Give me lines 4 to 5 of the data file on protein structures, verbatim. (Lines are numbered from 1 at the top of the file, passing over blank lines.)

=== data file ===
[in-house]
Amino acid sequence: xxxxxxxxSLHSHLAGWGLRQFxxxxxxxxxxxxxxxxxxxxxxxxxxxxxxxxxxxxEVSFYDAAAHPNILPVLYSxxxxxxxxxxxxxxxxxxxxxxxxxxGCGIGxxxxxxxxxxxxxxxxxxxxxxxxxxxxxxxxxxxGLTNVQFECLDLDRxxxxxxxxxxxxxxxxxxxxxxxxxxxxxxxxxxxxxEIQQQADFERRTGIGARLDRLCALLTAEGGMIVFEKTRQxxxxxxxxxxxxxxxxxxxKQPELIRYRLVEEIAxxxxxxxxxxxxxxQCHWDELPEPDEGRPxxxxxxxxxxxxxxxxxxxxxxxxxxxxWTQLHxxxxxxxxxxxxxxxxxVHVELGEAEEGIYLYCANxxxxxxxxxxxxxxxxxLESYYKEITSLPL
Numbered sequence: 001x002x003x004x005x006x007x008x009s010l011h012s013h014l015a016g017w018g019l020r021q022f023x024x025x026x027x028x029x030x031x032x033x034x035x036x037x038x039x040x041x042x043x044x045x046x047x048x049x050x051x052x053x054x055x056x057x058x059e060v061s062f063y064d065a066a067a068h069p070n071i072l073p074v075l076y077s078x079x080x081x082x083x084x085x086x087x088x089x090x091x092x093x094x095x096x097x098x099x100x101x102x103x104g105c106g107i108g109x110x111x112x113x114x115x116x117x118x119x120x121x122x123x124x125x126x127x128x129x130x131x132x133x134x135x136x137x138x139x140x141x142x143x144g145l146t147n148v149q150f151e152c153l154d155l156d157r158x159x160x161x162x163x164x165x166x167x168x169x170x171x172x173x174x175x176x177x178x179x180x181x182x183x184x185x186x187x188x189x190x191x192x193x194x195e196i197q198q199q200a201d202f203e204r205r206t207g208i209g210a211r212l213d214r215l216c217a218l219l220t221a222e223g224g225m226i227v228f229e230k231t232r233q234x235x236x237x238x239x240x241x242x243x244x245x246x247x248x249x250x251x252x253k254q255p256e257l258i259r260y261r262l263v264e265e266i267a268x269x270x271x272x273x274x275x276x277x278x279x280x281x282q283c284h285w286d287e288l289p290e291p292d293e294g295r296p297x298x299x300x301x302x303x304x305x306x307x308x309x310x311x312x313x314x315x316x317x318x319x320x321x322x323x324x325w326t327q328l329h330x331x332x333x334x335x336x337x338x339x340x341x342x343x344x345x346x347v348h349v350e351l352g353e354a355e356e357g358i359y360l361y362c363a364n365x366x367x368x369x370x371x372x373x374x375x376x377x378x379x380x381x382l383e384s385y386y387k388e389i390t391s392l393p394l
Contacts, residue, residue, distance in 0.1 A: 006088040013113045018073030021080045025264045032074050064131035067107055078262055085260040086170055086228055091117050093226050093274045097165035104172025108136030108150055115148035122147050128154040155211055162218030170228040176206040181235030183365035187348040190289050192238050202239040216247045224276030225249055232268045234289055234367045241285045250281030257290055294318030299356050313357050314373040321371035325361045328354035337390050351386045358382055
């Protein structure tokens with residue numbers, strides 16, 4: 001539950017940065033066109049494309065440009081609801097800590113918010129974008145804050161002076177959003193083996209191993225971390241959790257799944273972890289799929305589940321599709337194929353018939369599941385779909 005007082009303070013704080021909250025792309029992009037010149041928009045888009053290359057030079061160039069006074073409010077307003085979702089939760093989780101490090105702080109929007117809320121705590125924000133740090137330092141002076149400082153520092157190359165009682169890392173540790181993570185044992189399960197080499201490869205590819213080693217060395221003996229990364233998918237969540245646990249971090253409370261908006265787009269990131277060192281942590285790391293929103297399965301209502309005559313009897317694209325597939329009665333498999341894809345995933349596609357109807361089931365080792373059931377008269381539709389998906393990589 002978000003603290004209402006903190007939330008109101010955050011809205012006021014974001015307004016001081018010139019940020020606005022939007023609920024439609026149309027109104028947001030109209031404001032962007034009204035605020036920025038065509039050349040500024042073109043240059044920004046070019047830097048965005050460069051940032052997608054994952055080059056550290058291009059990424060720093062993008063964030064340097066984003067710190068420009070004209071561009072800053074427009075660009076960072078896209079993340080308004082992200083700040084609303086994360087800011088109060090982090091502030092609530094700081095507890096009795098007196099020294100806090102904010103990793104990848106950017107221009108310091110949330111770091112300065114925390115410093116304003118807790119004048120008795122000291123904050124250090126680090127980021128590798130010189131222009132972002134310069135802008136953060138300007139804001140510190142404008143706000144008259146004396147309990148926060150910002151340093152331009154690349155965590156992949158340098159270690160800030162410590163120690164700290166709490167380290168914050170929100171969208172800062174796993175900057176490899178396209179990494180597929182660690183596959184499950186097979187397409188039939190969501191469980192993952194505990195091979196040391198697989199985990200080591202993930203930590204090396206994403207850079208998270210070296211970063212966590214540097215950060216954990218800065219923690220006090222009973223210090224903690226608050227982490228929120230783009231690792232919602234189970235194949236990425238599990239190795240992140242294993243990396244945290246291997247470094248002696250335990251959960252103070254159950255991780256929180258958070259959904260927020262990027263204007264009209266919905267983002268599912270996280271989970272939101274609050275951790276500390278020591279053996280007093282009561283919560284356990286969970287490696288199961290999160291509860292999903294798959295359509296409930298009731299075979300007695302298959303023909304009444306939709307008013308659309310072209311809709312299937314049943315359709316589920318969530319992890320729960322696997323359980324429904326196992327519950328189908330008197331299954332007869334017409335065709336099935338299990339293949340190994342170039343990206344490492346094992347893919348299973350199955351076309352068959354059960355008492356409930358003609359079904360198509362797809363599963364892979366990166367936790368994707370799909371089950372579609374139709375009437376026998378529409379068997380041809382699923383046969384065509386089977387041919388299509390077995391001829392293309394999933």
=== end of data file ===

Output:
Contacts, residue, residue, distance in 0.1 A: 006088040013113045018073030021080045025264045032074050064131035067107055078262055085260040086170055086228055091117050093226050093274045097165035104172025108136030108150055115148035122147050128154040155211055162218030170228040176206040181235030183365035187348040190289050192238050202239040216247045224276030225249055232268045234289055234367045241285045250281030257290055294318030299356050313357050314373040321371035325361045328354035337390050351386045358382055
């Protein structure tokens with residue numbers, strides 16, 4: 001539950017940065033066109049494309065440009081609801097800590113918010129974008145804050161002076177959003193083996209191993225971390241959790257799944273972890289799929305589940321599709337194929353018939369599941385779909 005007082009303070013704080021909250025792309029992009037010149041928009045888009053290359057030079061160039069006074073409010077307003085979702089939760093989780101490090105702080109929007117809320121705590125924000133740090137330092141002076149400082153520092157190359165009682169890392173540790181993570185044992189399960197080499201490869205590819213080693217060395221003996229990364233998918237969540245646990249971090253409370261908006265787009269990131277060192281942590285790391293929103297399965301209502309005559313009897317694209325597939329009665333498999341894809345995933349596609357109807361089931365080792373059931377008269381539709389998906393990589 002978000003603290004209402006903190007939330008109101010955050011809205012006021014974001015307004016001081018010139019940020020606005022939007023609920024439609026149309027109104028947001030109209031404001032962007034009204035605020036920025038065509039050349040500024042073109043240059044920004046070019047830097048965005050460069051940032052997608054994952055080059056550290058291009059990424060720093062993008063964030064340097066984003067710190068420009070004209071561009072800053074427009075660009076960072078896209079993340080308004082992200083700040084609303086994360087800011088109060090982090091502030092609530094700081095507890096009795098007196099020294100806090102904010103990793104990848106950017107221009108310091110949330111770091112300065114925390115410093116304003118807790119004048120008795122000291123904050124250090126680090127980021128590798130010189131222009132972002134310069135802008136953060138300007139804001140510190142404008143706000144008259146004396147309990148926060150910002151340093152331009154690349155965590156992949158340098159270690160800030162410590163120690164700290166709490167380290168914050170929100171969208172800062174796993175900057176490899178396209179990494180597929182660690183596959184499950186097979187397409188039939190969501191469980192993952194505990195091979196040391198697989199985990200080591202993930203930590204090396206994403207850079208998270210070296211970063212966590214540097215950060216954990218800065219923690220006090222009973223210090224903690226608050227982490228929120230783009231690792232919602234189970235194949236990425238599990239190795240992140242294993243990396244945290246291997247470094248002696250335990251959960252103070254159950255991780256929180258958070259959904260927020262990027263204007264009209266919905267983002268599912270996280271989970272939101274609050275951790276500390278020591279053996280007093282009561283919560284356990286969970287490696288199961290999160291509860292999903294798959295359509296409930298009731299075979300007695302298959303023909304009444306939709307008013308659309310072209311809709312299937314049943315359709316589920318969530319992890320729960322696997323359980324429904326196992327519950328189908330008197331299954332007869334017409335065709336099935338299990339293949340190994342170039343990206344490492346094992347893919348299973350199955351076309352068959354059960355008492356409930358003609359079904360198509362797809363599963364892979366990166367936790368994707370799909371089950372579609374139709375009437376026998378529409379068997380041809382699923383046969384065509386089977387041919388299509390077995391001829392293309394999933």